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If I have the following text file:

1 2 3 4 5 6 7 8 9 10 YEAH

11 12 13 14 15 16 17 18 19 20 YEAH

I have to following code:

  #include <stdio.h>

int main(){
int arr[5][10];

FILE* foo; 
foo = fopen("help.txt", "r");

int i, j;
int temp; 

while (i<5 && (fscanf(foo, "%d", &temp)) !=EOF ){   
    arr[i][0]= temp;

    for (j=1; j<10; j++){

        fscanf(foo, "%d", &temp);
            arr[i][j]=temp;

    }
    i++;
}


for (i=0; i<2; i++){
    for (j=0; j<10; j++)
        printf("%d ", arr[i][j]);
    printf("\n");
}
fclose(foo);
}

...and it works perfectly fine when the text file has just numbers but when I add the characters "Yeah" to the text file, the code goes crazy. How do I include them? Please explain simply as I am still very new to this. Would I used fscanf(foo, %d%*c, &temp);??? Also how would I handle the new line statement if there is one?

Thank you very much

Edit: the e input I provided initially was

1 2 3 4 5 6 7 8 9 10

11 12 13 14 15 16 17 18 19 20.

Here everything is printed out correctly. When adding the word yeah to the text file after 10 the all the other numbers are 10 as well. Essentially it does not contain 11 12... to 20. and prints out: 1 2 3 4 5 6 7 8 9 10 10 10 10 10 10 10 10 10 10 10

share|improve this question
    
What do you mean by "the code goes crazy"? Does your program crash? If so, do you know which line this happens on? Do you get unexpected output? If so, what input did you provide, what output did you expect and what output did you receive? –  simonc May 16 '13 at 10:05
    
format specifier of fscanf is %d. when it trying to read string it gets crash –  sujin May 16 '13 at 10:08
    
@user2388958 Can you provide any clarifications by editing your question please? It'll be very hard for people to understand the question if they have to piece it together from several posts –  simonc May 16 '13 at 10:08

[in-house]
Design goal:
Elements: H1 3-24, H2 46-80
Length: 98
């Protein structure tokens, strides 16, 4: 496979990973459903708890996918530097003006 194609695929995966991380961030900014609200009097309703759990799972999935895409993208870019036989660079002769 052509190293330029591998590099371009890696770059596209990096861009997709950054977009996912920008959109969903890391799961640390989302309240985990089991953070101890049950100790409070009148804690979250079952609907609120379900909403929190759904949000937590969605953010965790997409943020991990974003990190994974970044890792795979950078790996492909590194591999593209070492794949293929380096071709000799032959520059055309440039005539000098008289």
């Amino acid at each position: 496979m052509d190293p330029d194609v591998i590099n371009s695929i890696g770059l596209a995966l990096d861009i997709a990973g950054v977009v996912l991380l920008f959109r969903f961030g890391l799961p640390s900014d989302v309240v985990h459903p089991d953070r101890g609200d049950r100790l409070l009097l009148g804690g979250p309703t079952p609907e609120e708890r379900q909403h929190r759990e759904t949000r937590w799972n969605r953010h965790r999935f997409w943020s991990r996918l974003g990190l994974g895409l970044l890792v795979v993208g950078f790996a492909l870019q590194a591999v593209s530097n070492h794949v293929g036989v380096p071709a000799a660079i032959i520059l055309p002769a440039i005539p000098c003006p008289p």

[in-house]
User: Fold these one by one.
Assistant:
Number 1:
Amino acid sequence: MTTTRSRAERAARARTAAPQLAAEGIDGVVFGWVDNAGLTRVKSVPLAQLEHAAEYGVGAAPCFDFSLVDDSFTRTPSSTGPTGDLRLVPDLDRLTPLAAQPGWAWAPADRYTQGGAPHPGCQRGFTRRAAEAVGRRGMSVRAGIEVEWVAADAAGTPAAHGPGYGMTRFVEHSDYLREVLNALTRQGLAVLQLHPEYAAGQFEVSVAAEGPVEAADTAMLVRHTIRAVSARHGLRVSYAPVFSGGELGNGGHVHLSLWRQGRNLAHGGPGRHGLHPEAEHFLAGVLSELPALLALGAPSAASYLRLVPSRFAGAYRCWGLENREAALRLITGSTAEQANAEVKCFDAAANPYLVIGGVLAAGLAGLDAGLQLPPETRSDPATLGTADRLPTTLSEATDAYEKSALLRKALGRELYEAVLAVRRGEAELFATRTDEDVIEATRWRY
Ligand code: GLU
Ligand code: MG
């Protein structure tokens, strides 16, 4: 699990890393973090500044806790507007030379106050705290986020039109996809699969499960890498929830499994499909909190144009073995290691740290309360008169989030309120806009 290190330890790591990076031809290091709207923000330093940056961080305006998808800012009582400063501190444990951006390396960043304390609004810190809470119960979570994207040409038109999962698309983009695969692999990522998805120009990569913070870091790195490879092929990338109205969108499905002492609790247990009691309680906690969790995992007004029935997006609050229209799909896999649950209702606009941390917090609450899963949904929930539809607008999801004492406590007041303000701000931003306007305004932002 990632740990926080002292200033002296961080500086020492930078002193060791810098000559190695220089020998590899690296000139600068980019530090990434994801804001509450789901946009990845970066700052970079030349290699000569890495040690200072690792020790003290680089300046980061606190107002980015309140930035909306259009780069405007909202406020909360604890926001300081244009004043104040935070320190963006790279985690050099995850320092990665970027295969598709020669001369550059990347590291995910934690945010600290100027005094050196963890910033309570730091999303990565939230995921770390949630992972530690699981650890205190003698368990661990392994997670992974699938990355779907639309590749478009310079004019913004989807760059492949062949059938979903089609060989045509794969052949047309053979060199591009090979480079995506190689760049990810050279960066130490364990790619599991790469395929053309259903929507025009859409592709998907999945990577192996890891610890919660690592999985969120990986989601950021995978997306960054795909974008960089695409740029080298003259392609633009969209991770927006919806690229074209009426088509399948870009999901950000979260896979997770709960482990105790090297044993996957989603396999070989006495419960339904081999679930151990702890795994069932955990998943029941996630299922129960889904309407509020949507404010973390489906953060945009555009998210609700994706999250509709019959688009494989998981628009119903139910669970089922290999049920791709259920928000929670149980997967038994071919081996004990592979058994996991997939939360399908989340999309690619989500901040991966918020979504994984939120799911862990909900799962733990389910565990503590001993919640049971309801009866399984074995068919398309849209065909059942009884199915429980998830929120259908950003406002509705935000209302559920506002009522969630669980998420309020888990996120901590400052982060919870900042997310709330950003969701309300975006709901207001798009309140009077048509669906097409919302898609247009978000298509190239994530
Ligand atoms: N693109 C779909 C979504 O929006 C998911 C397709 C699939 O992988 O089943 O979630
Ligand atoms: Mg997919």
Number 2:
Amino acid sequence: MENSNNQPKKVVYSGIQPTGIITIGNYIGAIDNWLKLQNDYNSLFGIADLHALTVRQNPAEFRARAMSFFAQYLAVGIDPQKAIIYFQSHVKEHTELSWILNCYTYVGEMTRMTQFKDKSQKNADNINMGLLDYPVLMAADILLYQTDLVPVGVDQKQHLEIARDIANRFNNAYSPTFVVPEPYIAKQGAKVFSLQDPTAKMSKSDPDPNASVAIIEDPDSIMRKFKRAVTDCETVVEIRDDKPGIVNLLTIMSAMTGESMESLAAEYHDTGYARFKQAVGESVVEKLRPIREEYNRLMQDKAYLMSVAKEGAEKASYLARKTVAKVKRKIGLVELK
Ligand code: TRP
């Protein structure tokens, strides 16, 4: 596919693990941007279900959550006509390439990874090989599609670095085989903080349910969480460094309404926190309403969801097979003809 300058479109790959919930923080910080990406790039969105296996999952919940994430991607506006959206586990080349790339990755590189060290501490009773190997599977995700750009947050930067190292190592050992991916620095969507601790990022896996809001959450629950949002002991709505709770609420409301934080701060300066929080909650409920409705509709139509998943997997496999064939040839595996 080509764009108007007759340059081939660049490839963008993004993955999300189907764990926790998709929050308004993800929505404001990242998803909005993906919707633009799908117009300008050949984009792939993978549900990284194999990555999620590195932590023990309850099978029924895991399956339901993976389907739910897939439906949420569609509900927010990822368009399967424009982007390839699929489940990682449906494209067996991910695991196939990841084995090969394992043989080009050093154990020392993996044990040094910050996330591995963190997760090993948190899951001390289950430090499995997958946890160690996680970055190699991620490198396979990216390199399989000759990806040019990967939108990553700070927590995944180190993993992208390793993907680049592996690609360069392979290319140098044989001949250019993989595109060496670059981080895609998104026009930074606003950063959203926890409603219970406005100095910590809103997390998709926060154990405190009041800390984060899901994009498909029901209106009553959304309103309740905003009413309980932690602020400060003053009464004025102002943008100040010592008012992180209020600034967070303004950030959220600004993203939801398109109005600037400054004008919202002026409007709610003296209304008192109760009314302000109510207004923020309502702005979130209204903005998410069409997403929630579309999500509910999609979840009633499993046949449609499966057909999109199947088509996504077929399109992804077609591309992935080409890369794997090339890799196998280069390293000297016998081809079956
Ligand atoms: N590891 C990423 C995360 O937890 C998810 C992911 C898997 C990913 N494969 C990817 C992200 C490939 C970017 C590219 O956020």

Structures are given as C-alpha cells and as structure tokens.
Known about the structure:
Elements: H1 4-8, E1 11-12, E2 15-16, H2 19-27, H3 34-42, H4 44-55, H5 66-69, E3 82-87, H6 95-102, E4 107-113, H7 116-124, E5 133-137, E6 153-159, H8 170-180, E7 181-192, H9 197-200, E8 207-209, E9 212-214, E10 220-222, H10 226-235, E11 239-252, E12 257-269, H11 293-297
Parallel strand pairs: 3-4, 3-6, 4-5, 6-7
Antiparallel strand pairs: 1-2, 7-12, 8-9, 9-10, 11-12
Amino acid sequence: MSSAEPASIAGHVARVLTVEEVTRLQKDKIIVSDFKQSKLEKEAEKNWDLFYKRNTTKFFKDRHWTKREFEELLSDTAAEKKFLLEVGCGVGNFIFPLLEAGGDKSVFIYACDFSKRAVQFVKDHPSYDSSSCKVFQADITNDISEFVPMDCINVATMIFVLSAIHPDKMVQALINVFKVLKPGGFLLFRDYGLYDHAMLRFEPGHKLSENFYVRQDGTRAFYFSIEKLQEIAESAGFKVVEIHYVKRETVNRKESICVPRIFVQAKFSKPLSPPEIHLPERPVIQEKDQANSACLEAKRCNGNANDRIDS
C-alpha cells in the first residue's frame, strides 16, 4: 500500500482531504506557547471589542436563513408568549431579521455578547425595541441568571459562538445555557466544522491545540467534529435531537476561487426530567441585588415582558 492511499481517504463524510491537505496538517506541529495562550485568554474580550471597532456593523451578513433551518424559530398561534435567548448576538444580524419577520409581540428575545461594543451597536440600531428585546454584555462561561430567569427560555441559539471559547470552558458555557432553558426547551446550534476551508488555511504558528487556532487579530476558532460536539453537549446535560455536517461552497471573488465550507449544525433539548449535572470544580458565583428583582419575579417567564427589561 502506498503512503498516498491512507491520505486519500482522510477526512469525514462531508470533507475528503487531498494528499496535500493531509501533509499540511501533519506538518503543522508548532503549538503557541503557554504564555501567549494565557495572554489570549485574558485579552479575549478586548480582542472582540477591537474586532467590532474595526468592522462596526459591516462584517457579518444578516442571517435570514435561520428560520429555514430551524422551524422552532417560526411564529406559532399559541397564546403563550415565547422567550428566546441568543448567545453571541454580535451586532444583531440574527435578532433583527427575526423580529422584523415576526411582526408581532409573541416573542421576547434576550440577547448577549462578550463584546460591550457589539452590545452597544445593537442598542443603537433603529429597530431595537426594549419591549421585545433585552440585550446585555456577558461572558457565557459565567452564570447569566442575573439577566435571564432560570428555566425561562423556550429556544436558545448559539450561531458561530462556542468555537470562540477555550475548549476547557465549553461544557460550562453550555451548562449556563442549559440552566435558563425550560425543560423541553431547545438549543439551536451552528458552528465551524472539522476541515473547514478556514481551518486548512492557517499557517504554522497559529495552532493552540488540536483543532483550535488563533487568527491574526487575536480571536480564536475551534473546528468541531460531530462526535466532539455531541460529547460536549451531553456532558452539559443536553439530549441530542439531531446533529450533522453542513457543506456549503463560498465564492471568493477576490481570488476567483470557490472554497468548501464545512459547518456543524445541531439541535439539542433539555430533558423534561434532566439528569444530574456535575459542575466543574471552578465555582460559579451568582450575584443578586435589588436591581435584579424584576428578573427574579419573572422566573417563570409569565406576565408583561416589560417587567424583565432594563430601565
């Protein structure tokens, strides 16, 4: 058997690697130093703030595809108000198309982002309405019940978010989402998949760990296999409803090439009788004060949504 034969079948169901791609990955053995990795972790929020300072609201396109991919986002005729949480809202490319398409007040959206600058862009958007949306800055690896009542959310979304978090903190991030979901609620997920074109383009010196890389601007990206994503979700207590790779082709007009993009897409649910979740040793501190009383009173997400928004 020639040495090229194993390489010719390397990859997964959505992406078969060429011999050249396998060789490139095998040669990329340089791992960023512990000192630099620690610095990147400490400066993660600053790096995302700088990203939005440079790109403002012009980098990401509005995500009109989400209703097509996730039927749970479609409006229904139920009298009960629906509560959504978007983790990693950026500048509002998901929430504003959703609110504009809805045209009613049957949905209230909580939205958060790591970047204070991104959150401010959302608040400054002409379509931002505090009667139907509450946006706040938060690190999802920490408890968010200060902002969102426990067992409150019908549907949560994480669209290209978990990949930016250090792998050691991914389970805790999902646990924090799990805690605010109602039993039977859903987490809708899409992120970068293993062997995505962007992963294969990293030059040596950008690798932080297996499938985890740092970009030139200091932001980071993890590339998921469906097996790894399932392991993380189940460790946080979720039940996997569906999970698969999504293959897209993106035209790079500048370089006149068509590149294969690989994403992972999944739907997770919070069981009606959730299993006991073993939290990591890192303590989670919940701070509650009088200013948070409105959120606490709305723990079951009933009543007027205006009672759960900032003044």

1  
Okay, I edited the question. sorry for being unclear :( –  user2388958 May 16 '13 at 10:11
    
Thanks, that's much clearer now –  simonc May 16 '13 at 10:17

2 Answers 2

It is always easier to process data like this one line at a time, rather than one "token" at a time directly against the file.

Reading in a whole line with fgets() into a suitably big buffer, gives you the opportunity to take your time and go back and forth in the parsing, since it's all just bytes in memory at that point and you no longer risk confusion due to the file having a current position which is incremented as you read.

Your example conversion doesn't work, since you need something like "n numbers followed by something that is not a number, then end of line" which I don't think can be expressed as a single simple fscanf() conversion string.

Much easier to read in the whole line, then look at it token by token "by hand". See, for instance strtok() which is kind of dangerous in general but should be fine here.

share|improve this answer

Try this:

int e;
while (i<5 && (e = fscanf(foo, "%d", &temp)) !=EOF ){
    if(e==0) {
        fscanf(foo, "%*[^0-9]"); // this will skip the non numeric chars
        continue;
    }
    arr[i][0]= temp;

and

for (j=1; j<10; j++){
    e = fscanf(foo, "%d", &temp);
    if (e==EOF) break;
    else if (e==0) {
        fscanf(foo, "%*[^0-9]"); continue;
    }
    arr[i][j]=temp;
share|improve this answer
    
Oh that's amazing. Now let's say I want to do the opposite and ignore the numbers, is there a similar statement? –  user2388958 May 16 '13 at 10:19
    
for the oppposite, Please ask a new question and give an example code as you did in this question –  MOHAMED May 16 '13 at 10:24
    
Also how would it be different if the text statement was before the numbers. ie. yeah 1 2 3 4 5 –  user2388958 May 16 '13 at 10:24
    
I just meant a similar statement for "%*[^0-9]" As in "%*[^A-Z]" or something? –  user2388958 May 16 '13 at 10:25
    
concerning the yeah 1 2 3 4 5 it's taken account in the code of the answer (code after update) –  MOHAMED May 16 '13 at 10:26

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